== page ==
All states have plans for long-distance parents who share custody. Some simply assign a percentage of custody to each parent, adjusted for the distance between them. Others, such as Florida, have direct plans to address the issue.
Florida uses the Long-Distance Parenting Plan, defining “long-distance” as being fifty or more miles apart. This means the plan can apply even if a parent moves out of state. The distance itself matters, not the location.
It’s important to have authority over important decisions that affect your child. Most notably, a parent must have power over healthcare and educational matters.
Florida’s parenting plan grants these powers, and it lays them out very clearly.
Authority can be divided in three ways:
- Equal Decision-Making Power
Each parent has full authority over a decision.
- Final Decision-Make Power
Each parent has input, but only one makes the final choice.
- Sole Decision-Making Power
Only one parent can make a choice.
You can divide these powers into several combinations. One parent has sole decision-making power on all matters. One parent may have sole decision-making power over healthcare, and the other over education. Parents can share authority over one matter, but only one makes decisions over another. The possibilities go on from there. The point is that you can mix and match these powers as necessary for your family.
The plan specifies who can make decisions about these activities. It also outlines who pays for them, who takes the kids to or picks them up from the event, and so on.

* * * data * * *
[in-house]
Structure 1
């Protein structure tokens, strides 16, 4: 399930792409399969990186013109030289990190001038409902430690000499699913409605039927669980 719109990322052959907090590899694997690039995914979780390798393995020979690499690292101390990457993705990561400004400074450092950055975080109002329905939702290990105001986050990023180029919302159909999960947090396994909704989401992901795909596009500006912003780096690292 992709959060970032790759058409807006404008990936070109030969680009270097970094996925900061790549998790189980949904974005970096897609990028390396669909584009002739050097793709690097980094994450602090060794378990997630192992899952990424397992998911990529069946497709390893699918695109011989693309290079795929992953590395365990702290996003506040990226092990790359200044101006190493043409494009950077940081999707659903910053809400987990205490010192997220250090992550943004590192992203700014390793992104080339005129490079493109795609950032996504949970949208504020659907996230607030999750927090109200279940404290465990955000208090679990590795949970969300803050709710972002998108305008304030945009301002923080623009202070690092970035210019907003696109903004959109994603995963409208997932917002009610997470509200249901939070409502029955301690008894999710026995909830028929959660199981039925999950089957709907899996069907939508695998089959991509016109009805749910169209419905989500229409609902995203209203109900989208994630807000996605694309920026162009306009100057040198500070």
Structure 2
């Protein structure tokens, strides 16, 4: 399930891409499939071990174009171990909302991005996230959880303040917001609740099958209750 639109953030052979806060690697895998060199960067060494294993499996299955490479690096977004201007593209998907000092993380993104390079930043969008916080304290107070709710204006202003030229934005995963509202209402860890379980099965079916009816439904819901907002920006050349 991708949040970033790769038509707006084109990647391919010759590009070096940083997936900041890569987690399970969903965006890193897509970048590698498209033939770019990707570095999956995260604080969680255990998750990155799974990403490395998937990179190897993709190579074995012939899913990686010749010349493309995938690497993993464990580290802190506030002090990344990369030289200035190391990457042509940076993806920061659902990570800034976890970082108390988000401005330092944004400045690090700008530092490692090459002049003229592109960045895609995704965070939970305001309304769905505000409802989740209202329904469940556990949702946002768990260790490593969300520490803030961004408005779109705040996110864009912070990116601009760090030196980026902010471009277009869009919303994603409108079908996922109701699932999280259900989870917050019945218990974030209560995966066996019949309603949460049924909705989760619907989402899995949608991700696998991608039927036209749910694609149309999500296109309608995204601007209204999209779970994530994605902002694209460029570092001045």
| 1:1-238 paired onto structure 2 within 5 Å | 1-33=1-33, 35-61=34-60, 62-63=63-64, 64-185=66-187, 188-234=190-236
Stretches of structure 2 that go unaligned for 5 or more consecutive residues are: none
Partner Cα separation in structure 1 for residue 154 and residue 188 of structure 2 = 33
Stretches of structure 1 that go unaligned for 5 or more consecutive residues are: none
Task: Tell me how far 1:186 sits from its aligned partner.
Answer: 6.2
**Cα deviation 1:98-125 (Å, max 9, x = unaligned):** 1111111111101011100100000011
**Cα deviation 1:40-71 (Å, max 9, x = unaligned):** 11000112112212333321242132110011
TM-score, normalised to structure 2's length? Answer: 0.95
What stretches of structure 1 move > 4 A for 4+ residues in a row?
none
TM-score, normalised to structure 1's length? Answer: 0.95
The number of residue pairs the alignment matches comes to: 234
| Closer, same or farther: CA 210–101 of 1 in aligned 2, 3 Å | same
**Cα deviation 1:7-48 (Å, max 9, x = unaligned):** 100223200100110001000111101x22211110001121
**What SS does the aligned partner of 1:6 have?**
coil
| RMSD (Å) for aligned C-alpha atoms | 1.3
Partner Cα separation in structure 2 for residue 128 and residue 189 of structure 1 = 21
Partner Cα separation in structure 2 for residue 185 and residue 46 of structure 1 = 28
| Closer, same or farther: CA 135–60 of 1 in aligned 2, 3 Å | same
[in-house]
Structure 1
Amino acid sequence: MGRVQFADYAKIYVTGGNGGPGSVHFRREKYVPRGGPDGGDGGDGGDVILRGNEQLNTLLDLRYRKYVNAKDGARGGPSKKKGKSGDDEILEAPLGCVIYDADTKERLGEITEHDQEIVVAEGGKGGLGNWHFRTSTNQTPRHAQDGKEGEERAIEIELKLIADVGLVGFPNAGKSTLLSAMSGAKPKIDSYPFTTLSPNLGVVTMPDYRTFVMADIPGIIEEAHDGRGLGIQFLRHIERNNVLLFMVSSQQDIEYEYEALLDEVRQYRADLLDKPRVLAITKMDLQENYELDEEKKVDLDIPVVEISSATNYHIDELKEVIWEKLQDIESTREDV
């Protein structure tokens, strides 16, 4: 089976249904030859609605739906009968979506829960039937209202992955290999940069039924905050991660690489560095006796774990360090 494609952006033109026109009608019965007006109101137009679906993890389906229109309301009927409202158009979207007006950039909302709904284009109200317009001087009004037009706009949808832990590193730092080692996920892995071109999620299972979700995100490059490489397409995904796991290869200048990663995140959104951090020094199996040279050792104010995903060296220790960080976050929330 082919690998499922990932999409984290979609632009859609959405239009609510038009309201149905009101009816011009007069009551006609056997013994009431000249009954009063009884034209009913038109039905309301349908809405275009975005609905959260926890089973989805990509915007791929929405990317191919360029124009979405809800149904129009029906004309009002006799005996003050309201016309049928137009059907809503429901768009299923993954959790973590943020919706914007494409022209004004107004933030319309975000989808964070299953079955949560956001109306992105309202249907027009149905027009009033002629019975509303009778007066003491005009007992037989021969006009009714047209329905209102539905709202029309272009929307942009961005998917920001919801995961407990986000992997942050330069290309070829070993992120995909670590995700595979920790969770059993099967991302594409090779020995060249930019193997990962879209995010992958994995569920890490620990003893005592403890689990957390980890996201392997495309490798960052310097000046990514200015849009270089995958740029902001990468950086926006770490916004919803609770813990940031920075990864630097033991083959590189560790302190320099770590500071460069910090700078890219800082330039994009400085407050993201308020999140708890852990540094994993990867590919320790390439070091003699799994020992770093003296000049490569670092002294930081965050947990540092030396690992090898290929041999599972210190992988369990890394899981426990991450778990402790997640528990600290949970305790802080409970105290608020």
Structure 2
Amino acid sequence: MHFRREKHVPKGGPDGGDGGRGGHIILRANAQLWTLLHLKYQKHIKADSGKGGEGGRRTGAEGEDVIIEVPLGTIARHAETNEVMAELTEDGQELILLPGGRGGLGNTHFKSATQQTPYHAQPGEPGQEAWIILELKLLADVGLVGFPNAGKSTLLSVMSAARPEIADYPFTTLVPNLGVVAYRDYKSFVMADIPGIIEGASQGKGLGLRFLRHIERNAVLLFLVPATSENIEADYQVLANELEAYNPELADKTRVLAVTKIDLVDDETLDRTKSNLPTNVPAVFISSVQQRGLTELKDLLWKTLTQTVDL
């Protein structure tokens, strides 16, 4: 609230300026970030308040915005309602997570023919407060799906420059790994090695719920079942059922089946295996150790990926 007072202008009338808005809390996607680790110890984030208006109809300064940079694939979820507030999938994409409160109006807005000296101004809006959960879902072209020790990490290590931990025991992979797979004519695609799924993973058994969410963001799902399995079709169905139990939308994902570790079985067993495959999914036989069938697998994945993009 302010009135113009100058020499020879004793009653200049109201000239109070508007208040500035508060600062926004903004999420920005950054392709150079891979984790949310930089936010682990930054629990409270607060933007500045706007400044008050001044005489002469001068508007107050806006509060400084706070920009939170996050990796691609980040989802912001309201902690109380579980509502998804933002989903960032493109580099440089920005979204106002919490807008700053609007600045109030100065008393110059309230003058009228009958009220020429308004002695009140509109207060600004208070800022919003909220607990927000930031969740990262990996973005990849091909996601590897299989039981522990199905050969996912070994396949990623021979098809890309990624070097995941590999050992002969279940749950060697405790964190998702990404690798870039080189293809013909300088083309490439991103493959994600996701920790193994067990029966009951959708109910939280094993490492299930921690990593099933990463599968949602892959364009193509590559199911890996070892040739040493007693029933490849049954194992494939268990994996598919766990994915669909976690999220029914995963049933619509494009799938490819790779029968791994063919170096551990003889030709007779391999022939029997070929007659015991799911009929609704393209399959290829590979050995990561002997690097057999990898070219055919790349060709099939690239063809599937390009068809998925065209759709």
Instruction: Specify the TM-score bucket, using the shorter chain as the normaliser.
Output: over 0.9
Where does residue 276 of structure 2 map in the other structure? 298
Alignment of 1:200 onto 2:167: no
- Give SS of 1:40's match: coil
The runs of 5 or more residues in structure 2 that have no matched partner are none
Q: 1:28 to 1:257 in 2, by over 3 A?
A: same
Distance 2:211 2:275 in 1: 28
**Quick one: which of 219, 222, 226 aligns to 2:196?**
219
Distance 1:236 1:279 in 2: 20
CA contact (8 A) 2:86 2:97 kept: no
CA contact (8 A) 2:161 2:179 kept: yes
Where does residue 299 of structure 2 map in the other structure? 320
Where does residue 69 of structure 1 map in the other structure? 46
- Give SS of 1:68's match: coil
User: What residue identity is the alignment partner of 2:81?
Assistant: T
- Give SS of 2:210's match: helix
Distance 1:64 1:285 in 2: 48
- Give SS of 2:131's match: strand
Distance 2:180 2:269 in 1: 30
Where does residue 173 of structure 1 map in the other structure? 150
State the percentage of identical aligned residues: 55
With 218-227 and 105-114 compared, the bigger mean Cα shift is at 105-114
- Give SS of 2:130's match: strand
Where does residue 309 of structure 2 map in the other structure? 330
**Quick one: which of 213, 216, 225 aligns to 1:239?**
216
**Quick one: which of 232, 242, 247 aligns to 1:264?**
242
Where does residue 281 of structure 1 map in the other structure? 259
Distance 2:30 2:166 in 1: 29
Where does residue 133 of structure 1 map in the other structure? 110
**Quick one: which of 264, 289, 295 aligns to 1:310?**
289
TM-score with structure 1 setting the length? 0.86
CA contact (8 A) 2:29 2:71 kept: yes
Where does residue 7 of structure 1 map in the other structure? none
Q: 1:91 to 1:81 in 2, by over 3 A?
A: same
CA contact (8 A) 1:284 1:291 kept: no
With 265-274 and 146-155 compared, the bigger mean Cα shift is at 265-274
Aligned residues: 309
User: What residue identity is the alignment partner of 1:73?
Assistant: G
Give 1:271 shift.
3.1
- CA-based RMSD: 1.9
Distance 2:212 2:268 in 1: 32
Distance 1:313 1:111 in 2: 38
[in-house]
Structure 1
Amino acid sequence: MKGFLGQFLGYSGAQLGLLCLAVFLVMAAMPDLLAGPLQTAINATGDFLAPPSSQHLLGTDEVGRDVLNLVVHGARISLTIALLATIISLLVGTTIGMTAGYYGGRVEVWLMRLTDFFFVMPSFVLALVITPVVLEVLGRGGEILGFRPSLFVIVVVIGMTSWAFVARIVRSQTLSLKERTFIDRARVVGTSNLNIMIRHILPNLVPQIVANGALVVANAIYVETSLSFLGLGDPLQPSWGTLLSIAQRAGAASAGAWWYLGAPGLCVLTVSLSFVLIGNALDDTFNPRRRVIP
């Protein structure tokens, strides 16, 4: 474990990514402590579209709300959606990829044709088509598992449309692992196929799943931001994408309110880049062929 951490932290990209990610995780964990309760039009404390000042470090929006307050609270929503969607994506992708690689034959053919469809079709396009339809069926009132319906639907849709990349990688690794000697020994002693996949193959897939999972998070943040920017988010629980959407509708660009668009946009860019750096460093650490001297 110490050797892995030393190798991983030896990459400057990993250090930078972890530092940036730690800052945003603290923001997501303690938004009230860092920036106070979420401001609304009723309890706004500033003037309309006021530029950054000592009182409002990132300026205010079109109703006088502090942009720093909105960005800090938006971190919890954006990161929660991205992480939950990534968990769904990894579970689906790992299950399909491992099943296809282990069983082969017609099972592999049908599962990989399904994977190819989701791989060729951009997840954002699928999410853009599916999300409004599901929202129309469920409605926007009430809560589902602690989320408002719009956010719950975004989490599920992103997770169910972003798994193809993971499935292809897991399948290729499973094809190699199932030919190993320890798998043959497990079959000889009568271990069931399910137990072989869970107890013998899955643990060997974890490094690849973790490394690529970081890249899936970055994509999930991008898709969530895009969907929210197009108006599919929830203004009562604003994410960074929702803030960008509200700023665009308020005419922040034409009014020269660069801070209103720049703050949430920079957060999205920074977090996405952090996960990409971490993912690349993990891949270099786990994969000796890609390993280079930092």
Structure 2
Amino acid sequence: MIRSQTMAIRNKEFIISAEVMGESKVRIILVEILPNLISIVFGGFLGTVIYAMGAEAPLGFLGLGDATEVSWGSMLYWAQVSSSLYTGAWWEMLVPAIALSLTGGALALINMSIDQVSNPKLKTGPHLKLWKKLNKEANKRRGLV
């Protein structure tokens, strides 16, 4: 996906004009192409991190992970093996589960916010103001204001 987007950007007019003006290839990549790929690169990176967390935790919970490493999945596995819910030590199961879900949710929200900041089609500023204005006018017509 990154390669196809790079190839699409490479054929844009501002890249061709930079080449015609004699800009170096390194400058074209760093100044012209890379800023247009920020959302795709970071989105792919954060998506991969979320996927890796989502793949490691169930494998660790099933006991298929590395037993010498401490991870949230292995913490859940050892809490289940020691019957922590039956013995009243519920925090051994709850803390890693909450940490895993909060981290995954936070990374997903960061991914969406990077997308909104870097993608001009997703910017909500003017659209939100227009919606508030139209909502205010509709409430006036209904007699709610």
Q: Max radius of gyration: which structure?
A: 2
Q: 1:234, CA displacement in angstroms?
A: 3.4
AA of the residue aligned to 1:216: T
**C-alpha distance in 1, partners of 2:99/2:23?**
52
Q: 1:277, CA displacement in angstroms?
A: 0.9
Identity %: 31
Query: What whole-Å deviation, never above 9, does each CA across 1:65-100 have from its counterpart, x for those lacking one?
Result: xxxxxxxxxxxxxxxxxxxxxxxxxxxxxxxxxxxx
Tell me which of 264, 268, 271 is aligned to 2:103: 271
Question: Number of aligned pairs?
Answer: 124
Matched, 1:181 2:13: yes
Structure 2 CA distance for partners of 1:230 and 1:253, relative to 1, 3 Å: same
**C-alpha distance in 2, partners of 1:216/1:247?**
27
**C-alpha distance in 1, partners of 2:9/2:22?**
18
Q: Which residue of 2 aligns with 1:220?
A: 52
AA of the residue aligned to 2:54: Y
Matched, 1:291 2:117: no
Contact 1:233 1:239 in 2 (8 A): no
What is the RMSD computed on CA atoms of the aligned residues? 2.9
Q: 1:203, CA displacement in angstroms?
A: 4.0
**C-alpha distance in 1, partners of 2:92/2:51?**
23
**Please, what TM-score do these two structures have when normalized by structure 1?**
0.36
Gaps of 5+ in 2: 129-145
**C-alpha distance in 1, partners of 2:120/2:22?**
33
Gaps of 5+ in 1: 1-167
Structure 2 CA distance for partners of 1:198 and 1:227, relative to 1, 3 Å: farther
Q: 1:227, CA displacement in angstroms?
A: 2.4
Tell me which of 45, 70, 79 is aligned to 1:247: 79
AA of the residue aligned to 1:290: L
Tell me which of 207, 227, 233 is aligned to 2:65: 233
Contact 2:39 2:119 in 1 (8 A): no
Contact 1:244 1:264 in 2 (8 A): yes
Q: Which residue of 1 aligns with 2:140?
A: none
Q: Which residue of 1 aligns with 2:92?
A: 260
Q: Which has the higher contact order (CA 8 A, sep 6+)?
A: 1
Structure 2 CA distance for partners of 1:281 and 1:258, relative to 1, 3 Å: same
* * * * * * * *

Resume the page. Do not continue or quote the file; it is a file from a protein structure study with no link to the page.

This part of the plan is highly detailed, and it is crucial to managing your long-distance parenting. It plans for scheduled visits, which can include electronic communication. The state takes phone calls and video chats seriously, and the other parent cannot block this scheduled time.
The plan also accounts for direct possession of the kids and overnight stays. It determines how the kids will be transported at these times and who pays for this transport.
There is also a section just for holiday visits, and it accounts for many scenarios. You can decide to designate certain holidays for just one parent. For instance, the kids will always spend Christmas with one parent and Thanksgiving with the other. You can also swap major holidays every year.
The plan even accounts for rotating holidays. Father’s Day and Mother’s Day have different calendar dates every year. The plan introduces flexibility for these days. If, for instance, Father’s Day falls on a weekend normally reserved for the mother, the plan can allow the kids to be with the dad instead.
Alternatively, you can make the plan more rigid. The kids can always stay with their designated parent, regardless of any special days that come and go during that time.
Florida’s long-distance parenting plan even builds in specific penalties for parents who miss appointments, poorly communicate, pick up or drop off kids late, etc. This helps erase any confusion or doubt, as parents will know exactly what is expected and how they will be penalized for breaking the plan.
How to Negotiate Your Plan
You can allow the court to make these decisions. However, that may leave you with an unsatisfying plan, and you’ll be forced to follow it. You can also work the plan out with your spouse, but that might be difficult. Mediation can help, as it gives a neutral third party the chance to help you talk out your needs and find solutions you might miss.
If you need help with a long-distance parenting plan in Florida, contact our office for a free consultation. You can call us at (904) 701-0591 or reach out online. **Consultation fees may apply to family law consultations.